Alaska Official Election Pamphlet
BALLOT MEASURE NO. 3: Bill Prohibiting Same Day Airborne Hunting
This bill would bar hunting wild wolf, wolverine, fox, or
lynx the same day a person was airborne. However, the
board of game could allow aerial wolf control if the
Commissioner of Fish and Game declared a biological
emergency, where wolves in a specific area were causing
irreversible loss of a prey population. The law wouldn't
apply to people airborne the same day on regular,
scheduled commercial flights. Breaking the law would be
a misdemeanor. The penalty could be jail time up to one
year, a fine up to $5,000, and forfeiture of aircraft or gear
used in the offense.
Should this initiative become law?
Yes [ ]
No [ ]
LEGISLATIVE AFFAIRS AGENCY SUMMARY:
This measure prohibits persons from shooting wolf,
wolverine, fox, or lynx on the same day that the persons
were airborne. This measure would not apply to persons
who were airborne only on certain commercial flights.
This measure allows the board of game to permit
shooting of wolves from the air under certain conditions.
A violation of this measure would be a misdemeanor.
FULL TEXT OF PROPOSED LAW:
Be it enacted by the people of the State of Alaska
Sec. 16.05.783. PROHIBITION OF SAME-DAY
AIRBORNE HUNTING. (a) A person may not shoot or
assist in shooting a free-ranging wolf, wolverine, fox, or
lynx the same day that a person has been airborne.
However, the board of game may authorize a wolf control
program involving the shooting of wolves from the air if
(1) the Commissioner of Fish and Game makes
written findings based on adequate data demonstrating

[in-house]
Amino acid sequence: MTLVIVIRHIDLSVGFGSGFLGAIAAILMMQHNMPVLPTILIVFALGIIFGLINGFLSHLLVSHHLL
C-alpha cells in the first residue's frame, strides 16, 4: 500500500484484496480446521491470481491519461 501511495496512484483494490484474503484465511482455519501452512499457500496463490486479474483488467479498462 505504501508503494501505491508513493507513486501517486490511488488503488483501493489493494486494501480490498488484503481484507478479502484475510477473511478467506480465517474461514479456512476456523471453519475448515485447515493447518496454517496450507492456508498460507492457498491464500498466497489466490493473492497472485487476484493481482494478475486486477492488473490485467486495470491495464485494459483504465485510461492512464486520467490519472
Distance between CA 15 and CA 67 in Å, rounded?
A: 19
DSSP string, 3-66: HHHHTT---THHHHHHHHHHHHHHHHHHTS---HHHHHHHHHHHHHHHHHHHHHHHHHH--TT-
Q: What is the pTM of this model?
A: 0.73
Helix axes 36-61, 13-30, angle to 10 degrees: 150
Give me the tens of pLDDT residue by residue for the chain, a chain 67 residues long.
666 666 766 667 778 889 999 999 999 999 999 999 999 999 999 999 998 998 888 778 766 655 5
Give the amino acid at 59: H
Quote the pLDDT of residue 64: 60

that a biological emergency exists and that there is no
feasible solution other than airborne control to eliminate
the biological emergency, and
(b) This section does not apply to a person who was
airborne the same day if that person was airborne only on
a regularly scheduled commercial flight.
(2) the program is conducted only by Department
of Fish and Game personnel
(3) the program is limited to the specific
geographical area where the biological emergency exists,
(4) the program removes only the minimum
number of wolves necessary to eliminate the biological
(c) A person who violates this section is guilty of a
misdemeanor, and upon conviction is punishable by a fine
of not more than $5,000, or by imprisonment for not more
than one year, or by both. In addition, the court may order
the aircraft and equipment used in or in aid of a violation
of this section to be forfeited to the State.
(d) In this section,
(1) "free-ranging" means that the animal is wild
and not caught in a trap or snare;
(2) and "biological emergency" means a condition
where a wolf population in a specific geographic area is
causing the irreversible decline of a prey population to the
point that the prey population may not likely recover
without implementing wolf control.
STATEMENT IN SUPPORT:
Proposition No. 3 gives all Alaskans their first opportunity
to VOTE ON WHETHER AERIAL HUNTING OR
TRAPPING OF WOLVES SHOULD BE BANNED except
when conducted by the state to avert a biological
emergency and no other feasible solutions are available.
Wolverines, fox and lynx would be included in the ban.
CURRENT REGULATIONS PROVIDE THAT WOLVES
CAN BE SPOTTED, TRACKED AND PURSUED WITH
THE USE OF AIRCRAFT before landing and shooting.
Under heavy lobbying pressure from special interest
groups seeking ever higher hunting quotas, THE
LEGISLATURE IS PURSUING A RECKLESS COURSE
OF MANDATING WOLF CONTROL TO TRIPLE THE
HARVEST OF WOLVES in vast areas of Alaska. This will
artificially increase moose and caribou numbers far
beyond historic levels and can only be accomplished by
aerial hunting and trapping. The Wolf Management
Reform Coalition organized this initiative effort because
WE FEEL WOLVES SHOULD INSTEAD BE HUNTED
ON A FAIR CHASE BASIS AND MANAGED FOR
BIOLOGICAL REASONS RATHER THAN POLITICAL
ONES. The Coalition includes ex-Governor Jay
Hammond, ex-Lt. Governor Lowell Thomas Jr., Jim
Brooks - former Commissioner of Fish and Game,
Douglas Pope - former Chairman of the Board of Game
and other long time Alaskans, many of whom are hunters.
The same day use of an aircraft to spot, track and pursue
other big game animals has long been banned except in
very limited circumstances because it does not constitute
fair chase hunting. The current law which permits SO-
CALLED "LAND AND SHOOT" HUNTING OR TRAPPING IS VIRTUALLY UNENFORCEABLE in
Alaska's vast wilderness and in fact encourages unlawful